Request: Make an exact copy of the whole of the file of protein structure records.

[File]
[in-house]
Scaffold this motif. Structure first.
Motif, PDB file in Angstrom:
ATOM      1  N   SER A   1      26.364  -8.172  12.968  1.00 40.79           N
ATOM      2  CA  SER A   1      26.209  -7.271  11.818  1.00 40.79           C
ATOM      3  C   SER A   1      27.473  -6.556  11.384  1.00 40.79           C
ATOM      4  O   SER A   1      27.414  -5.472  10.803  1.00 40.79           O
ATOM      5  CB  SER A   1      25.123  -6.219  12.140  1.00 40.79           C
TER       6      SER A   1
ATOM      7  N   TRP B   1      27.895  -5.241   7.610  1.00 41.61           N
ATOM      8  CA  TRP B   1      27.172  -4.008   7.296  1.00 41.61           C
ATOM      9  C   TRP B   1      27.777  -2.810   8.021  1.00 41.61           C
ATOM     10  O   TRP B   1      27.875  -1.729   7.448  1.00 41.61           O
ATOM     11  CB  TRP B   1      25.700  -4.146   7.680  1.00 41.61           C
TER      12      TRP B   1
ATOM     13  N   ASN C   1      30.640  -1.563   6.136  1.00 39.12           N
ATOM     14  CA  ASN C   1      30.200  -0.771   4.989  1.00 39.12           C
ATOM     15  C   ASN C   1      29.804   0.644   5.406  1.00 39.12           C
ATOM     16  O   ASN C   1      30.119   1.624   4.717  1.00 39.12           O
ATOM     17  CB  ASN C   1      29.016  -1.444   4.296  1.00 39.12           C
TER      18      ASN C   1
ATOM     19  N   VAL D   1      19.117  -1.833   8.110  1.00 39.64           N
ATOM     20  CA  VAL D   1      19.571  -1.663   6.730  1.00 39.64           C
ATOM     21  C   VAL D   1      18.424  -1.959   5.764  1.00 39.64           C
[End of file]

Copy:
[in-house]
Scaffold this motif. Structure first.
Motif, PDB file in Angstrom:
ATOM      1  N   SER A   1      26.364  -8.172  12.968  1.00 40.79           N
ATOM      2  CA  SER A   1      26.209  -7.271  11.818  1.00 40.79           C
ATOM      3  C   SER A   1      27.473  -6.556  11.384  1.00 40.79           C
ATOM      4  O   SER A   1      27.414  -5.472  10.803  1.00 40.79           O
ATOM      5  CB  SER A   1      25.123  -6.219  12.140  1.00 40.79           C
TER       6      SER A   1
ATOM      7  N   TRP B   1      27.895  -5.241   7.610  1.00 41.61           N
ATOM      8  CA  TRP B   1      27.172  -4.008   7.296  1.00 41.61           C
ATOM      9  C   TRP B   1      27.777  -2.810   8.021  1.00 41.61           C
ATOM     10  O   TRP B   1      27.875  -1.729   7.448  1.00 41.61           O
ATOM     11  CB  TRP B   1      25.700  -4.146   7.680  1.00 41.61           C
TER      12      TRP B   1
ATOM     13  N   ASN C   1      30.640  -1.563   6.136  1.00 39.12           N
ATOM     14  CA  ASN C   1      30.200  -0.771   4.989  1.00 39.12           C
ATOM     15  C   ASN C   1      29.804   0.644   5.406  1.00 39.12           C
ATOM     16  O   ASN C   1      30.119   1.624   4.717  1.00 39.12           O
ATOM     17  CB  ASN C   1      29.016  -1.444   4.296  1.00 39.12           C
TER      18      ASN C   1
ATOM     19  N   VAL D   1      19.117  -1.833   8.110  1.00 39.64           N
ATOM     20  CA  VAL D   1      19.571  -1.663   6.730  1.00 39.64           C
ATOM     21  C   VAL D   1      18.424  -1.959   5.764  1.00 39.64           C